28 Feb 2016

Accountability wanted over McDonald's fall

1:47 pm on 28 February 2016

A man whose brother was incapacitated after falling and damaging his spinal cord in a McDonald's carpark says he wants accountability for the accident.


McDonald's Photo: 123rf.com

Brothers Barry and Andy Beech were walking across a zebra crossing at the Whangarei McDonald's drive through last August when Andy tripped over what Barry described as a square-cut kerb which jutted out of the crossing.

He said the kerb was unnoticeable and since his brother's story had come out he had heard of a number of people falling over it.

Barry believed either the council or McDonald's had been negligent and his brother was paying the price.

Forty-six year-old Andy now resides at a rest home in Dargaville with terminally ill and dementia patients and was unlikely to ever walk again.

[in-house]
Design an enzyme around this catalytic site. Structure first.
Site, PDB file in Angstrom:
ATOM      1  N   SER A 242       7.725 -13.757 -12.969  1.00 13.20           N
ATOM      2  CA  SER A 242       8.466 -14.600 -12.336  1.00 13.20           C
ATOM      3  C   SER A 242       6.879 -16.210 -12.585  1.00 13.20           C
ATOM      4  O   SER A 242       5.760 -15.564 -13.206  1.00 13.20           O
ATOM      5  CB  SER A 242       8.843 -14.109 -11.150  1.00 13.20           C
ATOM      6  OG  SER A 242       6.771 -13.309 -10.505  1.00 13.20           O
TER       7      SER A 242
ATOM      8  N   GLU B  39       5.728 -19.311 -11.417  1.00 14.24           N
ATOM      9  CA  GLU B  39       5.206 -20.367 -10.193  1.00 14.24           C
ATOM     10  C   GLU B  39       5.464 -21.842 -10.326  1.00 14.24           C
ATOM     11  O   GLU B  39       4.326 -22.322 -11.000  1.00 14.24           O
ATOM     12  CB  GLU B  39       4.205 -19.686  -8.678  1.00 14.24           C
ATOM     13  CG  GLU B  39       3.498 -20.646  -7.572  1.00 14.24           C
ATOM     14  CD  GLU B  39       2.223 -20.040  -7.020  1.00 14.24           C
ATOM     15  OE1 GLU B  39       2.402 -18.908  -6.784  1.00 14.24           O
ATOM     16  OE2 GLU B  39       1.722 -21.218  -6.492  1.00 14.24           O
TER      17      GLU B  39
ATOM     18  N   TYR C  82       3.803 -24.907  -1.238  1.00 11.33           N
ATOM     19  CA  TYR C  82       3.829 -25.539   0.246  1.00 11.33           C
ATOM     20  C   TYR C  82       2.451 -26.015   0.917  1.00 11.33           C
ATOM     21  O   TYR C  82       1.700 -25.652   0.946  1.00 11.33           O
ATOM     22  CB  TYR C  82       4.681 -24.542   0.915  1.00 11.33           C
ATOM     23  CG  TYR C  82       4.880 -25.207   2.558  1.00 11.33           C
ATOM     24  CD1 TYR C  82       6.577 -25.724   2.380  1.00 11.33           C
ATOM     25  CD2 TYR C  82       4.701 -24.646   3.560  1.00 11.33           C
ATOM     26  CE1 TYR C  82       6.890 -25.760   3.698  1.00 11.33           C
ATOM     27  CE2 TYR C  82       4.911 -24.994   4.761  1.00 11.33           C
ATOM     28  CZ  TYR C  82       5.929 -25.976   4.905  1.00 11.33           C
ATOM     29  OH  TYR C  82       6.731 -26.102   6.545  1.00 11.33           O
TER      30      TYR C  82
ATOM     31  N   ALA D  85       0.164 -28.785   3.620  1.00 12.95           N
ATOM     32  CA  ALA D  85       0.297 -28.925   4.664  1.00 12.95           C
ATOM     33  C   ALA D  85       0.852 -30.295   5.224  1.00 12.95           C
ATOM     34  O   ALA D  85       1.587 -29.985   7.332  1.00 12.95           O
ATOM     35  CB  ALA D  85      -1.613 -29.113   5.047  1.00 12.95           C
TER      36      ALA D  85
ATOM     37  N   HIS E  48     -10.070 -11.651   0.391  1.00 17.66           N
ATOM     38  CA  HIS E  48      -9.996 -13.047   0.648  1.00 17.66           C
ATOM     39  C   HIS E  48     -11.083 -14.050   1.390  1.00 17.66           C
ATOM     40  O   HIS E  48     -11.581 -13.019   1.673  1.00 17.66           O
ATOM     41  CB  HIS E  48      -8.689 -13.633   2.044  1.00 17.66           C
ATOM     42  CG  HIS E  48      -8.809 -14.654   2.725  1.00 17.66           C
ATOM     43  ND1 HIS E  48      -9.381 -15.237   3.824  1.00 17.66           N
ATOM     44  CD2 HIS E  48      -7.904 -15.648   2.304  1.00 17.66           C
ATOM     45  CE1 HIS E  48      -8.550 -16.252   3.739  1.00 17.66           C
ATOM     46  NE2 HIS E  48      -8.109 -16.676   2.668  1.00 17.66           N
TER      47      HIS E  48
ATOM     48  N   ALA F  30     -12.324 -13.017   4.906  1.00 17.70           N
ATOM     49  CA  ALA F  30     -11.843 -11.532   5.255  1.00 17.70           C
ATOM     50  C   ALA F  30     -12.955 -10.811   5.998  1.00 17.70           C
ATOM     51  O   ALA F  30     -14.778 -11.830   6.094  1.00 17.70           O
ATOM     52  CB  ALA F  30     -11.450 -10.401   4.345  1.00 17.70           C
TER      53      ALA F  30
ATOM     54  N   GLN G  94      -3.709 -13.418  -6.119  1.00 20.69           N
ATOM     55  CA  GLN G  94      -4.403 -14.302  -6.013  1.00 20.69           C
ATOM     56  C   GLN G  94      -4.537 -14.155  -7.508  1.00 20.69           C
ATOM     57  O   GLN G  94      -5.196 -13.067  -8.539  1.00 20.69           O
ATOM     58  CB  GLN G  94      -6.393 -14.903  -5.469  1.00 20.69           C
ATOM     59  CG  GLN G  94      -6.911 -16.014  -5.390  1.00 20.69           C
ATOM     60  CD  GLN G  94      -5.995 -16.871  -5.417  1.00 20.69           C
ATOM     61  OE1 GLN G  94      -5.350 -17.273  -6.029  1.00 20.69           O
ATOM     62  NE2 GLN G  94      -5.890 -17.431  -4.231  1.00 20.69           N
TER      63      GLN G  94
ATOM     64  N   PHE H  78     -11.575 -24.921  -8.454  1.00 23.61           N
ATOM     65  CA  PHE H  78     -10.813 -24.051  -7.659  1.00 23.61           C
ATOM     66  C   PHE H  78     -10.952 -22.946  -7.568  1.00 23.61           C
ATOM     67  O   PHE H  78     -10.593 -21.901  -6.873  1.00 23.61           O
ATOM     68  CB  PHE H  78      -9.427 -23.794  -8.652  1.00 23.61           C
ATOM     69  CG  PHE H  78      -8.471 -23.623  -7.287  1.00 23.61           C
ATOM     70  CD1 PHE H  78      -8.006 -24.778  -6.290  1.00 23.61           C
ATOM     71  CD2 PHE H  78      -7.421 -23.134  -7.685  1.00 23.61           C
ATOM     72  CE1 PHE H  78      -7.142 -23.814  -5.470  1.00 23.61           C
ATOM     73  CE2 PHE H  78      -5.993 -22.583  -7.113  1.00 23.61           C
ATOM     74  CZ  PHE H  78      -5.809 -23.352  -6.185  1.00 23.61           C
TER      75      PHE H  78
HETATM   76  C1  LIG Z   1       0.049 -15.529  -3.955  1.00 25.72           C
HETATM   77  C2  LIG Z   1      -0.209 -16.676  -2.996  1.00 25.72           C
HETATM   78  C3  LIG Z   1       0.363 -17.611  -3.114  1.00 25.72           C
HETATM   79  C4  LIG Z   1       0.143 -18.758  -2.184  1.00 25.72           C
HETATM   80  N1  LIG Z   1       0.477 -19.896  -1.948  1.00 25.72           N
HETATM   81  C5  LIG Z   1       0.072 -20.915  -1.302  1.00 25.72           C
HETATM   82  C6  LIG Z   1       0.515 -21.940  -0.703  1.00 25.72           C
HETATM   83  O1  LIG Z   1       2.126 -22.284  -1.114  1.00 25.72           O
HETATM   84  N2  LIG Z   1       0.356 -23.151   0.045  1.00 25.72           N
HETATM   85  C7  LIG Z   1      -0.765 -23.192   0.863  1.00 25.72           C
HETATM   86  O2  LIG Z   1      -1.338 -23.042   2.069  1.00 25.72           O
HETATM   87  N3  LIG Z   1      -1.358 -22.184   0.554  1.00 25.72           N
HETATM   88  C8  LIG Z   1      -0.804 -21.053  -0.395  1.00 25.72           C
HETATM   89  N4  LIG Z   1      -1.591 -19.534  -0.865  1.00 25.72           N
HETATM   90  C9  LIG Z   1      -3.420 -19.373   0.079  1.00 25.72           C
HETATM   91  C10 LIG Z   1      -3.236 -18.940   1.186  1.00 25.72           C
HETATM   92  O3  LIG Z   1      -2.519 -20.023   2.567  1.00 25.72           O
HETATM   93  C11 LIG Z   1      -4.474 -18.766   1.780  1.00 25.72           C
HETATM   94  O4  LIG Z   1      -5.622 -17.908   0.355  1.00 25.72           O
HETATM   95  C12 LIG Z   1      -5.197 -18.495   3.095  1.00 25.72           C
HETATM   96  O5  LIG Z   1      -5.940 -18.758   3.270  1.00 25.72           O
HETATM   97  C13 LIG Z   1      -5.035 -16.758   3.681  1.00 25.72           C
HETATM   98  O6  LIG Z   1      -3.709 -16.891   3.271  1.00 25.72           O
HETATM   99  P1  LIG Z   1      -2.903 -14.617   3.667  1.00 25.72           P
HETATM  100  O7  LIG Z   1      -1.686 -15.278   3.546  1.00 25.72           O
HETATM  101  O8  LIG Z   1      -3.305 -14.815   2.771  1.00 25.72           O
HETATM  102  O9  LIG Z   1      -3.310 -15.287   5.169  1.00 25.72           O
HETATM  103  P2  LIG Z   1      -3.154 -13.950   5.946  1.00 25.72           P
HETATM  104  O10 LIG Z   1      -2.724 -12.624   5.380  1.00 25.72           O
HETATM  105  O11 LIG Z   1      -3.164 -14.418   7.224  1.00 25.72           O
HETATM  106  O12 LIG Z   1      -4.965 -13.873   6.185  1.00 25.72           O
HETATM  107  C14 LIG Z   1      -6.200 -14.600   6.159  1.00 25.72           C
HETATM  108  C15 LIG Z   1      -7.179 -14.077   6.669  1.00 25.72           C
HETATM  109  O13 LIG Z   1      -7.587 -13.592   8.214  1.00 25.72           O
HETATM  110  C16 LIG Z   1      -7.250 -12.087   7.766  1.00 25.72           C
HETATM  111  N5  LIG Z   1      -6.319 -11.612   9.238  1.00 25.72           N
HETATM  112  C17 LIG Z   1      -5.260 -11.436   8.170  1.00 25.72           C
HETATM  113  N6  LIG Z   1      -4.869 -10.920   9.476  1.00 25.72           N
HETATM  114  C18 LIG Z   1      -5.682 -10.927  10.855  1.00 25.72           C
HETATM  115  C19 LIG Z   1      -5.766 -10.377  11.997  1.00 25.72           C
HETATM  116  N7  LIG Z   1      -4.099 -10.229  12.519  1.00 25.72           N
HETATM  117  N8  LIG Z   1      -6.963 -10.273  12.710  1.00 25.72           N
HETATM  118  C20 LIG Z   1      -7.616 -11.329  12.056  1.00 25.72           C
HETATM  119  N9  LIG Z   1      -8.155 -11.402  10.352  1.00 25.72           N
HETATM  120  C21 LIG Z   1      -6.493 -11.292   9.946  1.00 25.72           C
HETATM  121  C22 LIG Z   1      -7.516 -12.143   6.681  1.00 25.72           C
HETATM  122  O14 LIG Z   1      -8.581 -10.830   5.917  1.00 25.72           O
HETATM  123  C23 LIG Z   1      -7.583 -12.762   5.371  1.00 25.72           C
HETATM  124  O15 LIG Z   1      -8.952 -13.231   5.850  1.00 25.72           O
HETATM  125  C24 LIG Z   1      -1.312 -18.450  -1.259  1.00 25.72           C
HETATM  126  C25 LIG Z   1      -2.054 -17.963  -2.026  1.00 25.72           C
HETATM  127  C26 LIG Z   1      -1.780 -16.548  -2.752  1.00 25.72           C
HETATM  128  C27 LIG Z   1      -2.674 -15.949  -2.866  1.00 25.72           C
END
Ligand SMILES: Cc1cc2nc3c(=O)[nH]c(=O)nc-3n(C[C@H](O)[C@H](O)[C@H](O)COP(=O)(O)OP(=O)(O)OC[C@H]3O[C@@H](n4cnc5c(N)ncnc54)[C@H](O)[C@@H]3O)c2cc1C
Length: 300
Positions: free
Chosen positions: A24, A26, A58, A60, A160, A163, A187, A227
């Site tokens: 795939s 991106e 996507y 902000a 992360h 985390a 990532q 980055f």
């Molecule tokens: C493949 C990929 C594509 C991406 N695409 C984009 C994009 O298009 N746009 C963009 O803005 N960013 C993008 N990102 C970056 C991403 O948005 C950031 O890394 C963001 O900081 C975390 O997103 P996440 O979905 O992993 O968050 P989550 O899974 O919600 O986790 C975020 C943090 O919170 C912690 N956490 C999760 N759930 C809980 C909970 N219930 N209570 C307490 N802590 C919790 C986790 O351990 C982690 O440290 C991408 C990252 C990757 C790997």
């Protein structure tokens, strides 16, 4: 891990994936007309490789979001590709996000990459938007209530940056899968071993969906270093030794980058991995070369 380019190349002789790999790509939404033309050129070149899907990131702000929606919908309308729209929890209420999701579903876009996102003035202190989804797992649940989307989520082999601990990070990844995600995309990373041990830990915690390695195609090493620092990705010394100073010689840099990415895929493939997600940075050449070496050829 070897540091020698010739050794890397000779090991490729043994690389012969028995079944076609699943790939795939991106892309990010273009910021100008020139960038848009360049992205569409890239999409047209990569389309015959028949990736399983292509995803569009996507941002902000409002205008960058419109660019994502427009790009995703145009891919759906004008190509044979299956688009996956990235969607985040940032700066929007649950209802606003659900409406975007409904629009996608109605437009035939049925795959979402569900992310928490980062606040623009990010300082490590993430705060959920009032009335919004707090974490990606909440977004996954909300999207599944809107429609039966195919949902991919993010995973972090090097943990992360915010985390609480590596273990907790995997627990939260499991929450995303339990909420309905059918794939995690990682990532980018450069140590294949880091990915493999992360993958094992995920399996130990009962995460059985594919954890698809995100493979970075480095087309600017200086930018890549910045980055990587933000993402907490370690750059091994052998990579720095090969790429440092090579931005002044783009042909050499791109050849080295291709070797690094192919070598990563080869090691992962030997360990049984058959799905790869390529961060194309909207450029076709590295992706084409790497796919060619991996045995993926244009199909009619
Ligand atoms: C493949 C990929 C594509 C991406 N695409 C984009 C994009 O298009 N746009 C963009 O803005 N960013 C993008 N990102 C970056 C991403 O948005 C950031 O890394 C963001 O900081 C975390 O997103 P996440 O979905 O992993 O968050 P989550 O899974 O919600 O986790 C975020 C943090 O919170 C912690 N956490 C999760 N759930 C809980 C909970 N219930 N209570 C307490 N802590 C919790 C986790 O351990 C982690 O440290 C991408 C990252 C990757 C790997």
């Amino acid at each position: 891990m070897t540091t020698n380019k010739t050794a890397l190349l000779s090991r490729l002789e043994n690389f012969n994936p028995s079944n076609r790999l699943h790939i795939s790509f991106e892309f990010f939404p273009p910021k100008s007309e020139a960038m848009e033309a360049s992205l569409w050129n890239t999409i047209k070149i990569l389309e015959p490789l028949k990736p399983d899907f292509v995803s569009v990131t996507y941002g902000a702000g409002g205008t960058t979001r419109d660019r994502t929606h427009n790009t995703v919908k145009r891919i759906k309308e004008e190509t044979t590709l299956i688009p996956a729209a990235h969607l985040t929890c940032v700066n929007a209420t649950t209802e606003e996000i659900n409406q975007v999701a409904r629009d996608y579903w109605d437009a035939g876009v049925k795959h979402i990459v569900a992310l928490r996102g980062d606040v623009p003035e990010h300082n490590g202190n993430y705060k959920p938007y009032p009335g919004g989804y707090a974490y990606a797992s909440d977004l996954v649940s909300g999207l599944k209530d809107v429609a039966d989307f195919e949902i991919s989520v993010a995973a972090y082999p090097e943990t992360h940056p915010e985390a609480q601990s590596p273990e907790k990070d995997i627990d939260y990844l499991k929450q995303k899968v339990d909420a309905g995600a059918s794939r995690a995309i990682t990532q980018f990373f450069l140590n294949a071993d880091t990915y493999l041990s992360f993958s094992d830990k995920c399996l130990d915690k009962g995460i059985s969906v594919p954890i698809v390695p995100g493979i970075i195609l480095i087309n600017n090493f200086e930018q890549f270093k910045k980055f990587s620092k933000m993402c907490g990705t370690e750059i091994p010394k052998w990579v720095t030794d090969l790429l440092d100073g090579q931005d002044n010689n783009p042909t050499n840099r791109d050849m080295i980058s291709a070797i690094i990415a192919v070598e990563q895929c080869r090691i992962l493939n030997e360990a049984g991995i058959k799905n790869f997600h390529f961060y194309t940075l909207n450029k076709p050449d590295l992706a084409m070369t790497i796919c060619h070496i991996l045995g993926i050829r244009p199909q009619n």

"Six months later and he's still not able to walk and his thumbs are still kicked in. He still can't get full movement of his hands, his arms do move, but he doesn't really have a lot of control over a lot of it."

Barry said when he contacted McDonald's about the accident the company did not want to know, and the communication was horrendous.

McDonald's has paid the Beech family $5000 as a goodwill gesture to help them with costs for looking after Andy.

In a statement it said Andy Beech's accident and related injuries were tragic and that over a period of weeks and months it was in contact with Barry Beech and could see the hardship Andy's medical condition placed on himself and the wider Beech family.

"We felt huge empathy to the Beech family and the impact of the accident had on them. As a gesture of good will, and to help the Beech family with financial costs, we contributed $5000 for the family to use as they wished. This was a unique situation, and while investigations found no wrongdoing on the part of McDonald's, we felt the financial contribution was the right thing to do."

McDonald's said it took remedial action over the kerb within a week, that its head office was in touch with the family within days of the incident, but admitted the Whangarei restaurant could have handled the situation better.

WorkSafe investigated the incident and said it would not be taking further action.